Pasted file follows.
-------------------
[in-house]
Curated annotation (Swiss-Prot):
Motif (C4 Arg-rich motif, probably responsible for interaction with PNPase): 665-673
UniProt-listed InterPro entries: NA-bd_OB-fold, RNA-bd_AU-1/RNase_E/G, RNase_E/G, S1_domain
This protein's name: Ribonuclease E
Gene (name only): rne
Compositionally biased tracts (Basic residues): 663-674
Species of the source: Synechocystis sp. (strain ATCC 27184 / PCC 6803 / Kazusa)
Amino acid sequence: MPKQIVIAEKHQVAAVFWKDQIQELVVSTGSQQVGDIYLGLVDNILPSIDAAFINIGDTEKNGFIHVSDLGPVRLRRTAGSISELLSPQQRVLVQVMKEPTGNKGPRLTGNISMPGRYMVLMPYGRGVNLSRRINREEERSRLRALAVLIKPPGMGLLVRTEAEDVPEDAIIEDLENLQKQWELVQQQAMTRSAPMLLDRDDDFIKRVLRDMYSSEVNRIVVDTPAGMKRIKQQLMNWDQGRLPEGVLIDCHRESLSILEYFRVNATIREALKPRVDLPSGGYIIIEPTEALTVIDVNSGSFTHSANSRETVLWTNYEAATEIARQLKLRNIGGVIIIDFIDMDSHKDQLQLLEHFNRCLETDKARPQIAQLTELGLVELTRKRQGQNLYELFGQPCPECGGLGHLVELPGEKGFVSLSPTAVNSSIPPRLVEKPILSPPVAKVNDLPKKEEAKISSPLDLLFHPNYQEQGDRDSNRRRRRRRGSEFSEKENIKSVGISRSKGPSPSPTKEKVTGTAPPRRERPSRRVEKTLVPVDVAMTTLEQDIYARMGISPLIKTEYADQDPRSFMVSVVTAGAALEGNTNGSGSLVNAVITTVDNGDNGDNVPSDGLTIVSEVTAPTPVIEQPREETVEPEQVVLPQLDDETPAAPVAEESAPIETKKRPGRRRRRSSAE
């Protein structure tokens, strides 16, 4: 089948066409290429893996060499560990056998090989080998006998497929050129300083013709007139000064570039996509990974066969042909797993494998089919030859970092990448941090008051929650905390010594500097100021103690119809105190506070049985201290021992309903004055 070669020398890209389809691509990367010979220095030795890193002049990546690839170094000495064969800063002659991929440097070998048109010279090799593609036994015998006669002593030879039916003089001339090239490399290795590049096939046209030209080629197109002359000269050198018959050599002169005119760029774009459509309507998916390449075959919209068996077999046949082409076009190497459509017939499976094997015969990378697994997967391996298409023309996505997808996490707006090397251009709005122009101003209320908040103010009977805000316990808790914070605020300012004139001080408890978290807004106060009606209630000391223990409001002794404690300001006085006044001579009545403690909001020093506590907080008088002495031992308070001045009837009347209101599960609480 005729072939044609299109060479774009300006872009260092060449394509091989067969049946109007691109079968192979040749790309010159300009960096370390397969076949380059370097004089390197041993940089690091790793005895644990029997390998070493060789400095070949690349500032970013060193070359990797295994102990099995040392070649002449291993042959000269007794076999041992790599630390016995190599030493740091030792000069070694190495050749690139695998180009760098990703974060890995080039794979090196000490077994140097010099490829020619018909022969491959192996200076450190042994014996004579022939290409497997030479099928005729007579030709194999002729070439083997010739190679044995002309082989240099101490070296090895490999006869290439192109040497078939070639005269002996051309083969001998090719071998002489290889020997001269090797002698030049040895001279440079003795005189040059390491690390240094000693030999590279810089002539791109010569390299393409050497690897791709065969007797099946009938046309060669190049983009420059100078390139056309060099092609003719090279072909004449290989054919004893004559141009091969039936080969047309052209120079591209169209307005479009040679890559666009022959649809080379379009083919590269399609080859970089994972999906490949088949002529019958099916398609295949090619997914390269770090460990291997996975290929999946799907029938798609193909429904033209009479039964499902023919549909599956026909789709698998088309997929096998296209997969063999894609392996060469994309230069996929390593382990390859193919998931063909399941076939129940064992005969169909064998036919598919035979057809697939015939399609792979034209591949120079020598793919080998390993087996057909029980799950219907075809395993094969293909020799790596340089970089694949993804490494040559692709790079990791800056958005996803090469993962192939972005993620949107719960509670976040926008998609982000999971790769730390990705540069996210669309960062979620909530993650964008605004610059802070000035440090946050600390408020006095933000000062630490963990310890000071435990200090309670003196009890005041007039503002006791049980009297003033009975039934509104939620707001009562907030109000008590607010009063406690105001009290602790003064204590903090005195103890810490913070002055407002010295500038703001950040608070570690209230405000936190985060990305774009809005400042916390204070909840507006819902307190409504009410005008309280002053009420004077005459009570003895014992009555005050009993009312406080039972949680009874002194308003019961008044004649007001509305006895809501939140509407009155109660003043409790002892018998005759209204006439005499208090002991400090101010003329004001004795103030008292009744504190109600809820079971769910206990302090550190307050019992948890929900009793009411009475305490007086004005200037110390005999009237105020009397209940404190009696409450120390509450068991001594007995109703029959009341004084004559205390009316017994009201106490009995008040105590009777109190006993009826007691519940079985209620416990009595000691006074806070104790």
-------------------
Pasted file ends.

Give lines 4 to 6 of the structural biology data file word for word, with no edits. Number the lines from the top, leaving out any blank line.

UniProt-listed InterPro entries: NA-bd_OB-fold, RNA-bd_AU-1/RNase_E/G, RNase_E/G, S1_domain
This protein's name: Ribonuclease E
Gene (name only): rne